by Ian Marshall, Editor
Notably China and India were very much to the fore but it was the fact that the Democratic People’s Republic and the Korea Republic joined forces which created the greatest interest.
Korea united in Halmstad
China secured both titles at the Liebherr World Team Championships but it was the events on Thursday 5th May that hit the headlines. DPR Korea and Korea Republic were due to meet at the quarter-final stage Women’s Team event; following a request from both national associations, it was agreed they could unite and receive a direct entry to the semi-finals. In the penultimate round Jeon Jihee, Kim Song I and Yang Haeun combined; they experienced a three-nil defeat at the hands of Japan’s Mima Ito, Kasumi Ishikawa and Miu Hirano.
Three titles for Jang Woojin
Early in June, the first Mixed Doubles event ever to be staged on the ITTF World Tour, had been held in Shenzhen; later in mid-July, the second was held in the Korea Republic. Notably, players from DPR Korea journeyed south, doubles combinations between the two nations were formed; the most notable being that of Jang Woojin and Cha Hyo Sim who emerged as Mixed Doubles champions. In addition Jang Woojin won the Men’s Doubles partnering Lim Jonghoon and ended proceedings by being crowned Men’s Singles champion.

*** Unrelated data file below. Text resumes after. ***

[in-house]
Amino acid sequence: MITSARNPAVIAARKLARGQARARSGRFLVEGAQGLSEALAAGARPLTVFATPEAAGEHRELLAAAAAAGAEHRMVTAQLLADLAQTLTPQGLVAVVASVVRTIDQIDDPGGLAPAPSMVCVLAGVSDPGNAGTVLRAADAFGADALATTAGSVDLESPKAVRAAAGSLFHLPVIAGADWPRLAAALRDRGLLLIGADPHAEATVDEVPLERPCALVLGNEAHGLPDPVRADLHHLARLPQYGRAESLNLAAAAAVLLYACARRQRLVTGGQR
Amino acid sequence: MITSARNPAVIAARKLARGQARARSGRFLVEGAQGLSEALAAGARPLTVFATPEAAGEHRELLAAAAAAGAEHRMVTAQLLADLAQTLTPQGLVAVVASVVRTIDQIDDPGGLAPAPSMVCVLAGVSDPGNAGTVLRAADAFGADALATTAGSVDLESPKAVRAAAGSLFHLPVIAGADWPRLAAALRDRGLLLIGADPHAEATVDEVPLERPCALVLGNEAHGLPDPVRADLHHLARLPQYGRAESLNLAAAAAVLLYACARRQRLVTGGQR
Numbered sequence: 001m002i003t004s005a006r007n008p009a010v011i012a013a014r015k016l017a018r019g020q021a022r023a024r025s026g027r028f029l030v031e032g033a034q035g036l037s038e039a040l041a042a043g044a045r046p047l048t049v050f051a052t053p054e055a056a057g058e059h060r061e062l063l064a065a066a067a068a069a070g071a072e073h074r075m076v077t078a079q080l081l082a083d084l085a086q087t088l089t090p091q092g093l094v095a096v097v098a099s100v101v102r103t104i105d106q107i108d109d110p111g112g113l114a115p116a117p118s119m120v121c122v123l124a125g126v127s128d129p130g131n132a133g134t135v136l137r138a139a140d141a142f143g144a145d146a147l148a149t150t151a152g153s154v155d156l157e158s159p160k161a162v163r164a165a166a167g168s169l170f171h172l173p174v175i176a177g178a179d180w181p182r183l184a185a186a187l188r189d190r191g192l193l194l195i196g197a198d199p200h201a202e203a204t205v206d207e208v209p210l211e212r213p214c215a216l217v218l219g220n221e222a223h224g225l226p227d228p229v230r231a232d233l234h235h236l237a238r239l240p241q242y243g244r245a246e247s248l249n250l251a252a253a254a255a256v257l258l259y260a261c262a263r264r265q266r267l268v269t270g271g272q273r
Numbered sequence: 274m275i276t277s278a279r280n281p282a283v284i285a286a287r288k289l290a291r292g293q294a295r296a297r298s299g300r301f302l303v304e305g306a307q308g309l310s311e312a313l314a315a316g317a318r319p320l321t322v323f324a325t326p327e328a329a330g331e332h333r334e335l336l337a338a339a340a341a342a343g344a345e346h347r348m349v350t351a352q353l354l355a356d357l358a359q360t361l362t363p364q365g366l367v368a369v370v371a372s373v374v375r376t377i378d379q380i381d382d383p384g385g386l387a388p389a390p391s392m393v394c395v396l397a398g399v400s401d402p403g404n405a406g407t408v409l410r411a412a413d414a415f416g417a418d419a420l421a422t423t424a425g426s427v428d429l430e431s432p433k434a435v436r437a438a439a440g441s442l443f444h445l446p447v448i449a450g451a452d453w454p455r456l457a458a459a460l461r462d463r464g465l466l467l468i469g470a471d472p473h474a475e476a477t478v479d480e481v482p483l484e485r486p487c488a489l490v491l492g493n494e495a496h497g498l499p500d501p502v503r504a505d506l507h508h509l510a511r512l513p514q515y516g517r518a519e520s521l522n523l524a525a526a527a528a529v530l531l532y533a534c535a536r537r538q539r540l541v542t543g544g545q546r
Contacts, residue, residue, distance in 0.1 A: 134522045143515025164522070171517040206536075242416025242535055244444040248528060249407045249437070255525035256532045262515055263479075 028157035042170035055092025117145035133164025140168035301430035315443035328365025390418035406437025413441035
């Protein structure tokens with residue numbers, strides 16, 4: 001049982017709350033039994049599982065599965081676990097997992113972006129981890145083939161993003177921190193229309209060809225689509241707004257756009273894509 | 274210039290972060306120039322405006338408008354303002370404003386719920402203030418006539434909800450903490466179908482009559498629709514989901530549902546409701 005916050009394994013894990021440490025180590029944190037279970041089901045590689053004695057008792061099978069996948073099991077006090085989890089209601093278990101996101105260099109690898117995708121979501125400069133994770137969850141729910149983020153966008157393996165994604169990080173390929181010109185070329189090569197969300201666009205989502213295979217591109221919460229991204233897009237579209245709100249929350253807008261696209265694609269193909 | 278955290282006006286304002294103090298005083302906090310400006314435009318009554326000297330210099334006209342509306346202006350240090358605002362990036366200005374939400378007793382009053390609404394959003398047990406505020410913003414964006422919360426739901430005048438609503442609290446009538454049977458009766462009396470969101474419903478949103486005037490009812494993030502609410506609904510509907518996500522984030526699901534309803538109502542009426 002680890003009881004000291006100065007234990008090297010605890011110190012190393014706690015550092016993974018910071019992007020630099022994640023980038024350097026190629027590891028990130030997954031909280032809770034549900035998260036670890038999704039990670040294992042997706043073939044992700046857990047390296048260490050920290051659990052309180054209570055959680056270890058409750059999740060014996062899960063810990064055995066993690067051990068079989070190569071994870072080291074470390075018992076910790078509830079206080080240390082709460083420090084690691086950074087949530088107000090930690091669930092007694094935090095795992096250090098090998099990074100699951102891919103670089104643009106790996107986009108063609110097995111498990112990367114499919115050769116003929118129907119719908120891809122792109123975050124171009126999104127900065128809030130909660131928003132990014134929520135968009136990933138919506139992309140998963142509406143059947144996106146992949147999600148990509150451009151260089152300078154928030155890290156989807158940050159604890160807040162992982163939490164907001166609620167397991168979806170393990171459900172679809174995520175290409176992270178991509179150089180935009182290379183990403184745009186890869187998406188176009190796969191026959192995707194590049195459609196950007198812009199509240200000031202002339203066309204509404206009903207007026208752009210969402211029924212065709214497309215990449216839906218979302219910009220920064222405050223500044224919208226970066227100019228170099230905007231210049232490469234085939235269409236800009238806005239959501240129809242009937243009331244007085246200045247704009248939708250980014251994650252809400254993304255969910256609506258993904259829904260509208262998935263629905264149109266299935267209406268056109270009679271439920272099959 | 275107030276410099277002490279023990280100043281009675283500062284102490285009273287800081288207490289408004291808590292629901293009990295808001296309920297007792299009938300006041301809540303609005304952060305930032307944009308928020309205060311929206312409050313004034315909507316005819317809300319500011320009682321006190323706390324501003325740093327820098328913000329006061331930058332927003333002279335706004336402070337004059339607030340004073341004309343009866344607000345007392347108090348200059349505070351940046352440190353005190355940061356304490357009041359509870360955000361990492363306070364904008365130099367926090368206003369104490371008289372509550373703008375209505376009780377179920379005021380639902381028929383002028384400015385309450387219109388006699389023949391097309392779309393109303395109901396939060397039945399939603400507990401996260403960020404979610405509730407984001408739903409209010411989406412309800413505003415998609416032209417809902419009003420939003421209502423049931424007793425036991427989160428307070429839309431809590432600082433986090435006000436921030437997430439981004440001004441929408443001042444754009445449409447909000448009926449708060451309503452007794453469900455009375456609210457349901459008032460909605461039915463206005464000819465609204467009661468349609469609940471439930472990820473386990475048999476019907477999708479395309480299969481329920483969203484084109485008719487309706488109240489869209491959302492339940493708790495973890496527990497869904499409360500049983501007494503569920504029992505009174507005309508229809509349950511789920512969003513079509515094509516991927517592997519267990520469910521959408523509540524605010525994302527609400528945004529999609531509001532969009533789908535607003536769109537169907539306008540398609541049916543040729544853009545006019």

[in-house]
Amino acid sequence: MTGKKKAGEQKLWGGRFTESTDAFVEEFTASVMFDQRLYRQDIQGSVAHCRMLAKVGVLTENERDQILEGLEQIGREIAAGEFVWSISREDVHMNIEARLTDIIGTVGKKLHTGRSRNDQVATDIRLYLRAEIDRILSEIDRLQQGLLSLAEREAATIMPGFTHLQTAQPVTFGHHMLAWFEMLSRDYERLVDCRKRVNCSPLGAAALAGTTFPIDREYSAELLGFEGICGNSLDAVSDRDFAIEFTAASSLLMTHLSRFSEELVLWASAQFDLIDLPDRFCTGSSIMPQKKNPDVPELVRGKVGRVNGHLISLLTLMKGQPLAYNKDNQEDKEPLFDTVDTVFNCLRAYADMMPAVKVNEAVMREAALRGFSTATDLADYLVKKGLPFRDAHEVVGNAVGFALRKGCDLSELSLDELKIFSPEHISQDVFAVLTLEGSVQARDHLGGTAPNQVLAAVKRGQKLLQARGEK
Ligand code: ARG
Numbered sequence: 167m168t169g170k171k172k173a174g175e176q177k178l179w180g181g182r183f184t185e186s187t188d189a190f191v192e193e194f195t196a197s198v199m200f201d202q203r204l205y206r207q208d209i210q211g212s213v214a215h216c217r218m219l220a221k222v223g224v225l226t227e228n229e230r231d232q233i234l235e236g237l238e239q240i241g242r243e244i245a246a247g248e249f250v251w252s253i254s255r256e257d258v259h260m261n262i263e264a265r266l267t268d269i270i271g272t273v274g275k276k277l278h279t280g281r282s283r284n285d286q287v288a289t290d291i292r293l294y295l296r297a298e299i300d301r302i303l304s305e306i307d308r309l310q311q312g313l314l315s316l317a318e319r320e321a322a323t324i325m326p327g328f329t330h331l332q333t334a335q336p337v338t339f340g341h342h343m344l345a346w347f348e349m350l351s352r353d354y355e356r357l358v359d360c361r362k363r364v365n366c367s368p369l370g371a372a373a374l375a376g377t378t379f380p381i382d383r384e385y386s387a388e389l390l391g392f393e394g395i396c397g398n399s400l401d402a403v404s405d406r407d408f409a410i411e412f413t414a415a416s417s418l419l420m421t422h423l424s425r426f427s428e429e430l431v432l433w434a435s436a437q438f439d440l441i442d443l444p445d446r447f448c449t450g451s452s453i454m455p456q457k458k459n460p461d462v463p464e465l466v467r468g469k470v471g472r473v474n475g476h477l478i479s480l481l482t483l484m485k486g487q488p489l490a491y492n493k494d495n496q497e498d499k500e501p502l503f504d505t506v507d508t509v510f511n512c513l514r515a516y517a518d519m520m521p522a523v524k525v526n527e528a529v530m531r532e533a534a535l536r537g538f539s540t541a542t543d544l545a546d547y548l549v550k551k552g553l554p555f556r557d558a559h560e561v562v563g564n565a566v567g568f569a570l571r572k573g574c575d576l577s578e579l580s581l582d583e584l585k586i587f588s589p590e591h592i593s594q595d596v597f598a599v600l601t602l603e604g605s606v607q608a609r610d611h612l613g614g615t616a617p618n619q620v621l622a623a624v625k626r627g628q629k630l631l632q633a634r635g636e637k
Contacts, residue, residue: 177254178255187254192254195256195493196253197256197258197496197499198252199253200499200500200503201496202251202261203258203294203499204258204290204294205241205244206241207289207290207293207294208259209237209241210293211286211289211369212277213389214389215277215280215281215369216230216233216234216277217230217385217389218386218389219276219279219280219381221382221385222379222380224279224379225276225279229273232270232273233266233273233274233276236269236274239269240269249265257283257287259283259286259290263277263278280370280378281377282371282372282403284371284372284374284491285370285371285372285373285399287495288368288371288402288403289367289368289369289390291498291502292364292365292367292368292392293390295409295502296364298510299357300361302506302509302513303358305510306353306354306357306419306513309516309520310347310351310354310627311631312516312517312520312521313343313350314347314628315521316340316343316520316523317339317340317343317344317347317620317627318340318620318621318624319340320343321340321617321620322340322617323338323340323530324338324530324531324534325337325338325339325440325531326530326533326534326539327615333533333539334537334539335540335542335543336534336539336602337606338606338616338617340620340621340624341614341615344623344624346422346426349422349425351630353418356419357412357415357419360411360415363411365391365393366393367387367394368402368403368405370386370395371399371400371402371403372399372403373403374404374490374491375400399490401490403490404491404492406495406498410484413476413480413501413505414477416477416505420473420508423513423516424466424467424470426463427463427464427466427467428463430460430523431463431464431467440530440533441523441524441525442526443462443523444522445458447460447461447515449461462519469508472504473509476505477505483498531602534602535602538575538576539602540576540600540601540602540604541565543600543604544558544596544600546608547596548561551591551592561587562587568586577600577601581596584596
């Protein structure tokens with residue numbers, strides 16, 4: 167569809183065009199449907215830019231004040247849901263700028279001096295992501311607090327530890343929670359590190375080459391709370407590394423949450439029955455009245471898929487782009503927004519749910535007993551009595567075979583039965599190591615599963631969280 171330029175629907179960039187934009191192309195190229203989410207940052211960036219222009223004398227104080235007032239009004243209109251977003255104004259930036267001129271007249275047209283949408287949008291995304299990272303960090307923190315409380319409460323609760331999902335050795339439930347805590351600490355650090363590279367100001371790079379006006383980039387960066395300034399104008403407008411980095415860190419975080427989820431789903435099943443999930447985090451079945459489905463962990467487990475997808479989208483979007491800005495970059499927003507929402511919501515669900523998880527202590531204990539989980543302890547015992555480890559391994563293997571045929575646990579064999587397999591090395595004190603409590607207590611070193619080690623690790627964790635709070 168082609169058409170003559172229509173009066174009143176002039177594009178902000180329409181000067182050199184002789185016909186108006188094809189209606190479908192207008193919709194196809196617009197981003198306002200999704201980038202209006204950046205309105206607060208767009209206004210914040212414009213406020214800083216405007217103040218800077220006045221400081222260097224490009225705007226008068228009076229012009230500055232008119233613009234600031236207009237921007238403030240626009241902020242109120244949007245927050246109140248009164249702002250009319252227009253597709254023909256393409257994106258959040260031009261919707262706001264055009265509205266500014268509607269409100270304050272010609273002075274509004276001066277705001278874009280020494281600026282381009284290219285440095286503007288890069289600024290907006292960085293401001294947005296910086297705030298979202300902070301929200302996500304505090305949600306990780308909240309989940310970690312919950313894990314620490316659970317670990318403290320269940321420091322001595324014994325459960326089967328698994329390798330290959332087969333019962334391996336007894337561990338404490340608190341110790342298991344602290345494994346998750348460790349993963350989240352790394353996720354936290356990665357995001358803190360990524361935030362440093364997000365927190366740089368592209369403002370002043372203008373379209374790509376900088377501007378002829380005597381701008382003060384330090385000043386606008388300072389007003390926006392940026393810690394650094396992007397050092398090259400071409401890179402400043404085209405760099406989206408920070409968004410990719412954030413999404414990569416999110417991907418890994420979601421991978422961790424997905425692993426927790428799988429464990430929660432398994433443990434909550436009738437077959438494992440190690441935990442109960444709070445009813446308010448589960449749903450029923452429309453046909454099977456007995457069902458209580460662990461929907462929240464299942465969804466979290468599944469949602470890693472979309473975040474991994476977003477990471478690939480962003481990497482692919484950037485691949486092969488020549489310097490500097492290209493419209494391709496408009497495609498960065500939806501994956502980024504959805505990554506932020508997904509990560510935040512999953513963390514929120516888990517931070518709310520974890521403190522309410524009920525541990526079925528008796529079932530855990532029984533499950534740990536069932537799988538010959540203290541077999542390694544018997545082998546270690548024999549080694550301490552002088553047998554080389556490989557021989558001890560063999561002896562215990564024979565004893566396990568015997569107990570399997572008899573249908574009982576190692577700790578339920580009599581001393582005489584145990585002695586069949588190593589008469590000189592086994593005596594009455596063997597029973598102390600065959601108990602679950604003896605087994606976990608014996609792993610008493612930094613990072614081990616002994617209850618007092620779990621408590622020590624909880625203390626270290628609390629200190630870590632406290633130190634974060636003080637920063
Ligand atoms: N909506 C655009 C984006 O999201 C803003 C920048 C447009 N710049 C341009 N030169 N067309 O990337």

Six decades wait ends
Gold medallists earlier in the year at the Gold Coast Commonwealth Games; India represented by Sharath Kamal Achanta, Harmeet Desai and Sathiyan Gnanasekaran secured the bronze medal at the Asian Games in Jakarata. It was India’s first ever medal in the table tennis events at the multi-sport gathering. Table tennis was first introduced in Games schedule in 1958.